The preliminary design is a key step in the early stages of software development, where customer requirements and use cases support the creation of the system architecture. User Interface documents, screen navigation flow, entity relationship diagrams, and system architecture documents are some of the items that should be included in the design. With these inputs, the preliminary design will present the visual representation of the system at project outset. As developers, we often obtain an assignment and want to go directly into the development phase without fully understanding the customer’s request. However, creating the preliminary designs improve Software Development by giving you a floor plan, ensuring shared understanding, preventing mistakes, identifying risks, and supporting additional research.
Benefits of a Preliminary Design Phase
Provides You With A Blue Print: Think of the design as your floor plan for that dream house you want. The dream house can’t be created without detailed planning and design based on the contractor’s understanding of your final vision. This same concept applies when it comes to creating software. Once the high-level vision of a system is understood, we need to break it down into pieces in order to formulate a plan of action.
Ensures Shared Understanding: A preliminary design provides a reference point to open a dialogue between the development staff and the customer to ensure the application flow is adequate. This may be your first opportunity to ensure that your understanding of the application as the developer is the same as the customer’s.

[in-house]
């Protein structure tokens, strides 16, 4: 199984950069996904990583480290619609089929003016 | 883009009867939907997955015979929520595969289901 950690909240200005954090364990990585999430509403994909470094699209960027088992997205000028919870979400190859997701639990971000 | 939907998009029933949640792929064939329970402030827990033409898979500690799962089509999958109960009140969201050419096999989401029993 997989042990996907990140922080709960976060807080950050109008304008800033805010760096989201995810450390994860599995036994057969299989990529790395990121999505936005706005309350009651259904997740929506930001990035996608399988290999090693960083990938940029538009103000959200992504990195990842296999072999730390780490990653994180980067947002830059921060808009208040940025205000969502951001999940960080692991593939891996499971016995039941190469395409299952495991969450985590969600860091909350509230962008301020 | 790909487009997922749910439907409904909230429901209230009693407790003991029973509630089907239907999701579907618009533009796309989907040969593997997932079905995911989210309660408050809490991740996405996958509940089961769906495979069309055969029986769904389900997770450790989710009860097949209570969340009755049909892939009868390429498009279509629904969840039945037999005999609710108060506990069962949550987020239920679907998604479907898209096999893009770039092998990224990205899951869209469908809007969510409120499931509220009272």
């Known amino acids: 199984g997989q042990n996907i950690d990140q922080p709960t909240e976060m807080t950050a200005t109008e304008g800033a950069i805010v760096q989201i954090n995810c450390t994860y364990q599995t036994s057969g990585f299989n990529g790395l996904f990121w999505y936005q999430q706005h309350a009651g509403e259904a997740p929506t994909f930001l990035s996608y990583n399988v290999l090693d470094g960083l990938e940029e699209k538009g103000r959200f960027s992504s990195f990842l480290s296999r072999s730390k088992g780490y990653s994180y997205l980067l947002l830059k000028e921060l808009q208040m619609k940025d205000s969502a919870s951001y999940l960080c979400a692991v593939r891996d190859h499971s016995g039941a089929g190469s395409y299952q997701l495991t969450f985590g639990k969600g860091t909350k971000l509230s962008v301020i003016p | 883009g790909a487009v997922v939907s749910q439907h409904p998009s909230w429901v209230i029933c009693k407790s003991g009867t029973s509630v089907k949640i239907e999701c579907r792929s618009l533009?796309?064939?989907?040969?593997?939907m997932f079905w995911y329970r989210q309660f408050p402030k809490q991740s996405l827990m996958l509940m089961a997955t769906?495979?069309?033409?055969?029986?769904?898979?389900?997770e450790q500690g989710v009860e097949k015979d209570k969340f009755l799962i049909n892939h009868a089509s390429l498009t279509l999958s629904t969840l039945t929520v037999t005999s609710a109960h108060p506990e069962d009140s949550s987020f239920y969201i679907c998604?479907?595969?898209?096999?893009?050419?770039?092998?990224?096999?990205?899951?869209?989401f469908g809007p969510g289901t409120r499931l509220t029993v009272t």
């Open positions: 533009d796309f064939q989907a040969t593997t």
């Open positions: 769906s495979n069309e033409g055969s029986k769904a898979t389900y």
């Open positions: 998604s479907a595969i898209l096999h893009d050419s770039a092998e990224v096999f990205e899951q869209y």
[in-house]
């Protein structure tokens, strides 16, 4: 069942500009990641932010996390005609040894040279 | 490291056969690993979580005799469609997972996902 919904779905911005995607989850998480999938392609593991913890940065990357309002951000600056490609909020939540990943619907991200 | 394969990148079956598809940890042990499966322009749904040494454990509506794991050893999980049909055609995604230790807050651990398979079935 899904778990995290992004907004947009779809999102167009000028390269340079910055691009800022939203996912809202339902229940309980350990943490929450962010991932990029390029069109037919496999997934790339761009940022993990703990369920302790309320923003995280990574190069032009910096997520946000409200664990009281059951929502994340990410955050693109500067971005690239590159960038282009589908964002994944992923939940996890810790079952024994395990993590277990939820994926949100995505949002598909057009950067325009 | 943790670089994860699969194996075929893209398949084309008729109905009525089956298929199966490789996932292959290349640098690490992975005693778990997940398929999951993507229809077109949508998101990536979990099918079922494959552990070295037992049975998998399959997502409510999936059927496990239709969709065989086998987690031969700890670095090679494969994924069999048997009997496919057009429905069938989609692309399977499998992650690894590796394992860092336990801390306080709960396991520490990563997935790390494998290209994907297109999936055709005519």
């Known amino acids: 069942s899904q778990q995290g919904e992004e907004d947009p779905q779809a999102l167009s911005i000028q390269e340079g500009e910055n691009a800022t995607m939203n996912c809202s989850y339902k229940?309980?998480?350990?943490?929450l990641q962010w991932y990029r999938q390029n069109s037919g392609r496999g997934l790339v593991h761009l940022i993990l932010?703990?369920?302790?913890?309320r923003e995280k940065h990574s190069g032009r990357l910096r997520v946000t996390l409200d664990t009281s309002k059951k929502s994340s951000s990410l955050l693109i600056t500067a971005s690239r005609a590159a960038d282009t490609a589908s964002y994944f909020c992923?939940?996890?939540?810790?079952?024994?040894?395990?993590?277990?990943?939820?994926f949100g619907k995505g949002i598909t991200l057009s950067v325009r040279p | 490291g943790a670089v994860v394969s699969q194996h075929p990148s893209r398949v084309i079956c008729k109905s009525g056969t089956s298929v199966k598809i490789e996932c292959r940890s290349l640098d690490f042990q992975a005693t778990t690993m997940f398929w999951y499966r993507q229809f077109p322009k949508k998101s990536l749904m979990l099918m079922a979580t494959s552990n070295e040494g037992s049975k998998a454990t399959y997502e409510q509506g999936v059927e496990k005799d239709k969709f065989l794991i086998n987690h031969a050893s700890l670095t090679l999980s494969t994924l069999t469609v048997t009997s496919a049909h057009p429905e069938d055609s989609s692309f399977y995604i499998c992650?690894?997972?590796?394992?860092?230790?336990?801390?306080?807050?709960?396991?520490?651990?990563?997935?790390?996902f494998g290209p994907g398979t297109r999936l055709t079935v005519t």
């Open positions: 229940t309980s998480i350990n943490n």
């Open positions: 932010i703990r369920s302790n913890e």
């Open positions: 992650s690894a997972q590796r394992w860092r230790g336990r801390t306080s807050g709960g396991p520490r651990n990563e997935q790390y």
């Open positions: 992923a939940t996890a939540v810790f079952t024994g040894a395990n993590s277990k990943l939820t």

Prevents Mistakes: “Measure twice, cut once”; taking the old carpentry advice and applying it to software development, the preliminary design helps the developer ensure they have included everything they need before getting into the heavy work. It provides an opportunity to ensure all data elements are being captured in a clear and concise manner prior to full blown development.
Identifies Risks: During the formulation of a preliminary design, we should always be mindful of risks and strive to create an architecture that is flexible and contains reusable components. Areas of duplication should be refactored as the design is created and reviewed by the development team. As new features are requested a flexible architecture can be easily tailored to implement the new changes.
Supports Additional Solution Research: The preliminary design could also provide time to do valuable research by analyzing the success and failures of similar projects. Items such as scalability and site demand could greatly benefit from such an analysis. Many times projects are viewed as a failure when users aren’t able to utilize an application. This is usually the result of a lack of analysis to determine the necessary infrastructure to support the utilization demands once it has been placed into production.
How to Get Started
A solid approach to creating a good design would be to first create an application flow chart. From there, begin to break things down into features or modules. After isolating the features, begin creating graphical user interface (GUI) mock-ups detailing the data elements and the initial navigational flow. Create the conceptual database design to include tables, stored procedures, etc. needed to implement the feature. After completing the previous artifacts, begin creating the middle tier design, keeping in mind how a given feature fits into the overall design. Make sure incremental peer reviews are conducted within the team so that the developers are in tune with the architecture and areas for improvement can be identified. There will undoubtedly be problems that will arise throughout the development process but taking the time to think through and document the design strategy will minimize the impact to the project in the long run.
Regardless of the development methodology, the preliminary design should prove to be a vital aspect of the formulation of a solution. Sure, taking the time to draft the design may seem time consuming but it will save you time in the long run.